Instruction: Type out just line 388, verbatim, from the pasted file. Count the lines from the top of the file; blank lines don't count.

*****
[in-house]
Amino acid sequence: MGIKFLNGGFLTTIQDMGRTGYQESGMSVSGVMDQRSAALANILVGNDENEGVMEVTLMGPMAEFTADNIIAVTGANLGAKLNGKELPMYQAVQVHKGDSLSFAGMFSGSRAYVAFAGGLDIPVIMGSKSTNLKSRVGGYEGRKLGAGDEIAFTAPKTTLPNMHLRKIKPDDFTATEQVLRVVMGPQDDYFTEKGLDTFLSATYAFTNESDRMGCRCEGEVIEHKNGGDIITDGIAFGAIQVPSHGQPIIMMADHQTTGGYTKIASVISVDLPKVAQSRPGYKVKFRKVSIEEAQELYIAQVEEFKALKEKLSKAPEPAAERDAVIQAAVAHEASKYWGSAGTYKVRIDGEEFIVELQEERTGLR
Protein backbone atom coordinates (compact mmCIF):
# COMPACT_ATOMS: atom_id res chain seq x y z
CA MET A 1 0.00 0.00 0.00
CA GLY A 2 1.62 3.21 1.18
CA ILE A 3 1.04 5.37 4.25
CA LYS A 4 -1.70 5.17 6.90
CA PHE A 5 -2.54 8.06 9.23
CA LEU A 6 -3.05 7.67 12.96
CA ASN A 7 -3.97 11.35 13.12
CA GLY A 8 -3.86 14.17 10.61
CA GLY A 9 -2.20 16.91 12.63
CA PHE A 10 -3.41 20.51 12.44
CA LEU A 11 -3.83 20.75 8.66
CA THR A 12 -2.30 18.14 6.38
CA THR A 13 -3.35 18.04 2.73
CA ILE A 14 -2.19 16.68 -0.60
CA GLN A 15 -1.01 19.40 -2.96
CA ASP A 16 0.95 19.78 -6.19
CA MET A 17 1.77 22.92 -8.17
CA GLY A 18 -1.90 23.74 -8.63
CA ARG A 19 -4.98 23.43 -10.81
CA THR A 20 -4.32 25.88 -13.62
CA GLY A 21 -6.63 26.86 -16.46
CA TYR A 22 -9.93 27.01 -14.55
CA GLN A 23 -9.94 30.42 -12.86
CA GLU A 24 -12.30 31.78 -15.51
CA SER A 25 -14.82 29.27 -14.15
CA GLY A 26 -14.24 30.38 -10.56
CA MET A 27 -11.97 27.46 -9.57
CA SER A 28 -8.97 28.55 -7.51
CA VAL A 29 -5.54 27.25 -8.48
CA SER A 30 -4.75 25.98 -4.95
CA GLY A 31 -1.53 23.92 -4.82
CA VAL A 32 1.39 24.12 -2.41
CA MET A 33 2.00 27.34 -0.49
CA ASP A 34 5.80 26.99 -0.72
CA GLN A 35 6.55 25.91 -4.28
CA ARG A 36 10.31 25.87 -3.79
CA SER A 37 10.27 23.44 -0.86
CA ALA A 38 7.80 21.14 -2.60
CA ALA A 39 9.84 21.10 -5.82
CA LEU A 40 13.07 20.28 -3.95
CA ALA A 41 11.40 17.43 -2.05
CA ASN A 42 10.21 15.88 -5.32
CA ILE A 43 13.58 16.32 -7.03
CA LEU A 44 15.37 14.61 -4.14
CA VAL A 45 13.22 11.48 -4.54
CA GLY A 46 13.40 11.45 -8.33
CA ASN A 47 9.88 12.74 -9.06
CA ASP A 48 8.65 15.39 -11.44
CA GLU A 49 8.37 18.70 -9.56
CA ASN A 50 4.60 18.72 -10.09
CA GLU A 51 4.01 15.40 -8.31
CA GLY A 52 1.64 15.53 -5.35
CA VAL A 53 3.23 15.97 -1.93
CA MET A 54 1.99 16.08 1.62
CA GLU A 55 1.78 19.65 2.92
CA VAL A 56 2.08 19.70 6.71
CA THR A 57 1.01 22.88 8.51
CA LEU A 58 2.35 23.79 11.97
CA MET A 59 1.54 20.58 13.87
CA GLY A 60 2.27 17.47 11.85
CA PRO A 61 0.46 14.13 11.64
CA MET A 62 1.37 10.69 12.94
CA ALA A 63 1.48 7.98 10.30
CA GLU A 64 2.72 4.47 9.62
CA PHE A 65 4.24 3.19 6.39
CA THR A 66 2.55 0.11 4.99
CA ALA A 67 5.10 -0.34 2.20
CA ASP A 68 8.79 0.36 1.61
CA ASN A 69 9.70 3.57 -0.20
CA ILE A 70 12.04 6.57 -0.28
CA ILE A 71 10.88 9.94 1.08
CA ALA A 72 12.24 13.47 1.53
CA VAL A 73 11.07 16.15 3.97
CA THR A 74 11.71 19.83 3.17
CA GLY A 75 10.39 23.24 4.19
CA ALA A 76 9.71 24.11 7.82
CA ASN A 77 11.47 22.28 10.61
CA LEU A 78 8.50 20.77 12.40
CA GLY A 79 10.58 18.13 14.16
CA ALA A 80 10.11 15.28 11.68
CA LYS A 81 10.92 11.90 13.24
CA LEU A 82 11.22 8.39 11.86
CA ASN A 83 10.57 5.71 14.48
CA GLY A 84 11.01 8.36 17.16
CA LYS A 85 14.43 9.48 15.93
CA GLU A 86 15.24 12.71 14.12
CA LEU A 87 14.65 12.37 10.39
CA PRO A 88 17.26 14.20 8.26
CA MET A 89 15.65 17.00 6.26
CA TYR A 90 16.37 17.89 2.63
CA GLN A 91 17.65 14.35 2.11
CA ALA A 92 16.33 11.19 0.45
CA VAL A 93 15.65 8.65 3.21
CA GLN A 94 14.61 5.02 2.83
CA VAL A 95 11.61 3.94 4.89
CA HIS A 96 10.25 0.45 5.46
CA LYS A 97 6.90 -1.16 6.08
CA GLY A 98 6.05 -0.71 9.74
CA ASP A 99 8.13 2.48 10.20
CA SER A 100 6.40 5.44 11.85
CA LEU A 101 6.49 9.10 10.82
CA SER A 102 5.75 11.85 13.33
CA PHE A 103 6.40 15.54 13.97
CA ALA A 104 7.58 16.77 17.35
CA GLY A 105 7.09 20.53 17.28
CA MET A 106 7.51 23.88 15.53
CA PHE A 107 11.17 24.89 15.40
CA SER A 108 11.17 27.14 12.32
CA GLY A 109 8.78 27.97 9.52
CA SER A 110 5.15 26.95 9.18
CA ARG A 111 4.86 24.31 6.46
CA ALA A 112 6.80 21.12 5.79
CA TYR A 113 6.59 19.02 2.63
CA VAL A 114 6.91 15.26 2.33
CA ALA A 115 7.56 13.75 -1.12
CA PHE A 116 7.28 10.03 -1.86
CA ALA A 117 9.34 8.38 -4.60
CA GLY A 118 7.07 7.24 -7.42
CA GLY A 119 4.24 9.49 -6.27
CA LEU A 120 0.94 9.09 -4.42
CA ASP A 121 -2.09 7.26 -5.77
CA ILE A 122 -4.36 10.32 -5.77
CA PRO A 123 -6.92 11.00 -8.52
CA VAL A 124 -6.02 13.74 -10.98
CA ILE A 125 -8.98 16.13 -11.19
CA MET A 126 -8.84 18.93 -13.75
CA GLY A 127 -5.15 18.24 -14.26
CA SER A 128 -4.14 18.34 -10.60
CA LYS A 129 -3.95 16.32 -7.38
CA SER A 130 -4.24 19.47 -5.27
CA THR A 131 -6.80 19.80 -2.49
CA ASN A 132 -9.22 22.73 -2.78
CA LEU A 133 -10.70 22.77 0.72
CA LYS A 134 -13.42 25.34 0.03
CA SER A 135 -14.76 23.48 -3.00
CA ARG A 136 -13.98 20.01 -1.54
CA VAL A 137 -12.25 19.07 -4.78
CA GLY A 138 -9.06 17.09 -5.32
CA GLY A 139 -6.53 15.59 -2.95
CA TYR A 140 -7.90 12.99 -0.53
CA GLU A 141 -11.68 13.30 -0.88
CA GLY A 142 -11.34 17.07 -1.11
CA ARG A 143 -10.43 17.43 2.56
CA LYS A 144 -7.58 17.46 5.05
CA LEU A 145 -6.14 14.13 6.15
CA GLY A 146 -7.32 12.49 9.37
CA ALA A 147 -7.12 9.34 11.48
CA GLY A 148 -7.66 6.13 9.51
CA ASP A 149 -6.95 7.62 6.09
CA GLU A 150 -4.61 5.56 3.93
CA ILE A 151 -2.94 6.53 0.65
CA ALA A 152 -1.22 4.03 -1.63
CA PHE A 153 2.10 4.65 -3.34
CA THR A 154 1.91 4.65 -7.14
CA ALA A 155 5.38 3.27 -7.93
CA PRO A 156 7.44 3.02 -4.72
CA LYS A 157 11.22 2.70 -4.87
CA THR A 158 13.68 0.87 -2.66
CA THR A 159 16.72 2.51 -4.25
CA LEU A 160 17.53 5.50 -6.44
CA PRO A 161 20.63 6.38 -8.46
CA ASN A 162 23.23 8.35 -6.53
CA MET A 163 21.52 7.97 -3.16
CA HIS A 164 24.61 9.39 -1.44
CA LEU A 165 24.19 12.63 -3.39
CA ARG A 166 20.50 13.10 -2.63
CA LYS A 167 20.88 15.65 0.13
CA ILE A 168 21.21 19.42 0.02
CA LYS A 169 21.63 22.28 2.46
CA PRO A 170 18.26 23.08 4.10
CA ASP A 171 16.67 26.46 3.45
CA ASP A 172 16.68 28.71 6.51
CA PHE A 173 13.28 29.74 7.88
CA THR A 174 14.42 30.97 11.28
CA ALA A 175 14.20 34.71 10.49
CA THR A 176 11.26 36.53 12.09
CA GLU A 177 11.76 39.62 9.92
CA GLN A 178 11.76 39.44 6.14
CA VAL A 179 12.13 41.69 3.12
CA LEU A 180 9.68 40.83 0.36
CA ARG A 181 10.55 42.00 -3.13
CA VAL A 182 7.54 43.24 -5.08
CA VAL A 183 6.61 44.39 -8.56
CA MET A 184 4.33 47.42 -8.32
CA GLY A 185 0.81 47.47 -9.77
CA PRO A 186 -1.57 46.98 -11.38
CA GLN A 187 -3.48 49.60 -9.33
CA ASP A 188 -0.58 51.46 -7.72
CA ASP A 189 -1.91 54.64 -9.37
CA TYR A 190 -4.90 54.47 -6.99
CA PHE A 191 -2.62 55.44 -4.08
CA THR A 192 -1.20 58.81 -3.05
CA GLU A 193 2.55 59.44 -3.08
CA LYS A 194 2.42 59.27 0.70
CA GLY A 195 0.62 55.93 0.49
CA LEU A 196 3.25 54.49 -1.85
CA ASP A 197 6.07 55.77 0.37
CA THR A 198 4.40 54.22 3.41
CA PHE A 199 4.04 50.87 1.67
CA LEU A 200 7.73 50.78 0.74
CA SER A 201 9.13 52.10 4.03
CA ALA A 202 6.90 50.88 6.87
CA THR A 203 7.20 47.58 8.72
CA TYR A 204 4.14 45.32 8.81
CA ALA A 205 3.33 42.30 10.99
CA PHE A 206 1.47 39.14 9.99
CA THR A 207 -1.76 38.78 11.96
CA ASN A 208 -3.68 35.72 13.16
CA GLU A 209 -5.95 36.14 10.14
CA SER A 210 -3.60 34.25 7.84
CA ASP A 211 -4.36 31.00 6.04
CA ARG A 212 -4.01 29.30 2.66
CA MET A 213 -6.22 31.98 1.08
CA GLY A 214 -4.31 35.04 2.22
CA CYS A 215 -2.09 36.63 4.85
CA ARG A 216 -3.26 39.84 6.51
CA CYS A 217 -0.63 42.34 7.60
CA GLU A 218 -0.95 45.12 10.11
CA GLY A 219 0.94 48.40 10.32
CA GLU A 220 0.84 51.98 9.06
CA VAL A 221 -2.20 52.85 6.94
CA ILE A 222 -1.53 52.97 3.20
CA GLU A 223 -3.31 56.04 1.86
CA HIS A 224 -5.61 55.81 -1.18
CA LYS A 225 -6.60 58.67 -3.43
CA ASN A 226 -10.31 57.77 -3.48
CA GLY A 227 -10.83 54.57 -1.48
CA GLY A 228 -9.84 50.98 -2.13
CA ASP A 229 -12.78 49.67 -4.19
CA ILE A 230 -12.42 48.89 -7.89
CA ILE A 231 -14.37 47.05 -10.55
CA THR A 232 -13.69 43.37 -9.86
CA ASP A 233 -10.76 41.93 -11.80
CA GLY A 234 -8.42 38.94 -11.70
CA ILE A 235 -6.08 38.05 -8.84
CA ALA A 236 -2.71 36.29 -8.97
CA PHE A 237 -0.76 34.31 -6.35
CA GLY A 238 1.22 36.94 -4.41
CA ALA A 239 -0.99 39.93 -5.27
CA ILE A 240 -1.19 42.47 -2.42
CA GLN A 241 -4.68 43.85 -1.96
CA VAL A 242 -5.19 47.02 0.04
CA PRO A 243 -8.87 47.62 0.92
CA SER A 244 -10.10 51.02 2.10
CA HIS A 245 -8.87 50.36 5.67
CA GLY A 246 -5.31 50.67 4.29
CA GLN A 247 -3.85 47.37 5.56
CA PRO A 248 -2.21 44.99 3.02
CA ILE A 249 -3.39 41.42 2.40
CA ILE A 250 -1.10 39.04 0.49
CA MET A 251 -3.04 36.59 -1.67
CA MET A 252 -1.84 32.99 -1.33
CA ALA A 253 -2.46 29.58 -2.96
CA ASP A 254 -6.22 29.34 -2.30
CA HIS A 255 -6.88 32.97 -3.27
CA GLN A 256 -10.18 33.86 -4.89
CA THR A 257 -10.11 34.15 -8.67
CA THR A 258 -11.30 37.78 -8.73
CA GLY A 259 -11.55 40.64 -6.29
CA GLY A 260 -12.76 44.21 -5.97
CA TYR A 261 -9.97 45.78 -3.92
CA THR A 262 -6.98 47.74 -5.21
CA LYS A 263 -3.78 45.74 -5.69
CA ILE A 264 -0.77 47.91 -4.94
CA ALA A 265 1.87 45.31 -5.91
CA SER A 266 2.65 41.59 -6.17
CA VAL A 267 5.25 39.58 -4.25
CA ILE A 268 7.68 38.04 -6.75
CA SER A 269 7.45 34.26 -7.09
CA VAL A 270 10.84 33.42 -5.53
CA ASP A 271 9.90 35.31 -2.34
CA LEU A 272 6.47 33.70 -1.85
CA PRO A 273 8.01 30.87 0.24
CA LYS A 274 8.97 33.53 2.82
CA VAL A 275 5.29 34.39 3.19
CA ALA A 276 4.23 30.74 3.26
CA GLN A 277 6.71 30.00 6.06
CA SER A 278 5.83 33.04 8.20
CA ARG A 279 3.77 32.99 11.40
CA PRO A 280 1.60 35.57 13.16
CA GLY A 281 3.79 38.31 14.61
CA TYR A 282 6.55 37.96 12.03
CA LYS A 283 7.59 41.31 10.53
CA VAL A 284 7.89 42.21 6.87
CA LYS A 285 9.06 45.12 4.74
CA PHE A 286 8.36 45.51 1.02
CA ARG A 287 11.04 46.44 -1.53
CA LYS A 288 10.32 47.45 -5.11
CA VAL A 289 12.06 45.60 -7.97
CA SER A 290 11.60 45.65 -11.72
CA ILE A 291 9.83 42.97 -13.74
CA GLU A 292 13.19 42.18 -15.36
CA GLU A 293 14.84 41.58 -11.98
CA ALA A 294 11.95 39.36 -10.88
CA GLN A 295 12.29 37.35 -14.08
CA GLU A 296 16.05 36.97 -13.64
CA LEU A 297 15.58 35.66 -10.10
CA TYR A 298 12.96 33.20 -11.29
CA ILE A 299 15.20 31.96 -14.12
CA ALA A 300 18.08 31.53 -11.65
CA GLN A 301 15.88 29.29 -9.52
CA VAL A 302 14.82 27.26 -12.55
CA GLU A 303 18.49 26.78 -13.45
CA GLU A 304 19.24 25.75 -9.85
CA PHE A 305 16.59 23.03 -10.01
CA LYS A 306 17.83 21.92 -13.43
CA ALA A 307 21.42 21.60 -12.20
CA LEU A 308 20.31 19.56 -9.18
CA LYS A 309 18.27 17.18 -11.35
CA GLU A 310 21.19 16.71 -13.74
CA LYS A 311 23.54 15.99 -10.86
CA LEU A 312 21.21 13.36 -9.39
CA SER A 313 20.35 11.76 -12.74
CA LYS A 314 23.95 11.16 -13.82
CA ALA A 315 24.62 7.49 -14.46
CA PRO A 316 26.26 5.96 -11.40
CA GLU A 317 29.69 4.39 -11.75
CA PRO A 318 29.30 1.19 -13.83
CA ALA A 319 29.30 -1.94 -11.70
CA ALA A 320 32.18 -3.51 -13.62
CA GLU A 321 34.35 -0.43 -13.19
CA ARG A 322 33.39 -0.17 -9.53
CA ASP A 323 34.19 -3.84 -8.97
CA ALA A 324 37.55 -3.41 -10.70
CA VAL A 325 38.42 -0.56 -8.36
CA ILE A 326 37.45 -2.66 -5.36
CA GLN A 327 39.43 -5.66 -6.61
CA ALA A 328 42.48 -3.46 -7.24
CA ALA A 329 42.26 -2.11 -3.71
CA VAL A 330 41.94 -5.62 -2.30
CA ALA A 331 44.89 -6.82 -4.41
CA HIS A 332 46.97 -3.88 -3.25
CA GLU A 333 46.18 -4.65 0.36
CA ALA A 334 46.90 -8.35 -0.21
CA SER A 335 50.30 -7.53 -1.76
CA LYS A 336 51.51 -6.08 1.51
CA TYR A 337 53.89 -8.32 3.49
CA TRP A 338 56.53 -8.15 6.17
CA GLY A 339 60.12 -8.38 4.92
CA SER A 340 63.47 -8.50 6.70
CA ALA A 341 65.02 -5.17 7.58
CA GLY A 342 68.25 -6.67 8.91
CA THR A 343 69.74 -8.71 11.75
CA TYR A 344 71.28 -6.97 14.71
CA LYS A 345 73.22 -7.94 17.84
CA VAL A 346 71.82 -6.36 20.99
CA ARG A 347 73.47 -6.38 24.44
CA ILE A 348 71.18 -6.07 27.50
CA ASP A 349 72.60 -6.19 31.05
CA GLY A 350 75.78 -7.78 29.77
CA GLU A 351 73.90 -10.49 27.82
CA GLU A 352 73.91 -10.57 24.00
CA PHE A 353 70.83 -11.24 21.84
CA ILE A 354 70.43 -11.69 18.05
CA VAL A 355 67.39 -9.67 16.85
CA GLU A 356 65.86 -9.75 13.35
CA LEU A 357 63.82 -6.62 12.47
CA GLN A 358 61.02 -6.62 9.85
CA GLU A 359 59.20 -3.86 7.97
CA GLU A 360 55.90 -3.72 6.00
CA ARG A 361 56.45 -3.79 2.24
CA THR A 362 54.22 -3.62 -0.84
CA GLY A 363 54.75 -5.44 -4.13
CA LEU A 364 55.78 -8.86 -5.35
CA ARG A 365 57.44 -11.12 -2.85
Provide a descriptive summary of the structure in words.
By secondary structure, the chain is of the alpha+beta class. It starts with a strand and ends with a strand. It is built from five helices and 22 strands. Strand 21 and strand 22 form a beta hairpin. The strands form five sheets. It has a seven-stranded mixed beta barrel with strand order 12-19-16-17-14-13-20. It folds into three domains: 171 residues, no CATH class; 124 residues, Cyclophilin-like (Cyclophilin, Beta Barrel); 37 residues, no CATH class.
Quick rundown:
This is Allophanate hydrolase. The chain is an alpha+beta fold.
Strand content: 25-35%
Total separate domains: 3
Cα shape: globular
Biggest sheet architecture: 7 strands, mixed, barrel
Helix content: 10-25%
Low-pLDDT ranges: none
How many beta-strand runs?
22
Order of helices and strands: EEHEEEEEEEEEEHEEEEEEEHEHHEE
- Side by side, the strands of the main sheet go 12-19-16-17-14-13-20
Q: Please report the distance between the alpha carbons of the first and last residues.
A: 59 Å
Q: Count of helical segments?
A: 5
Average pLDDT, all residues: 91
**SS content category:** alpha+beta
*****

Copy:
Average pLDDT, all residues: 91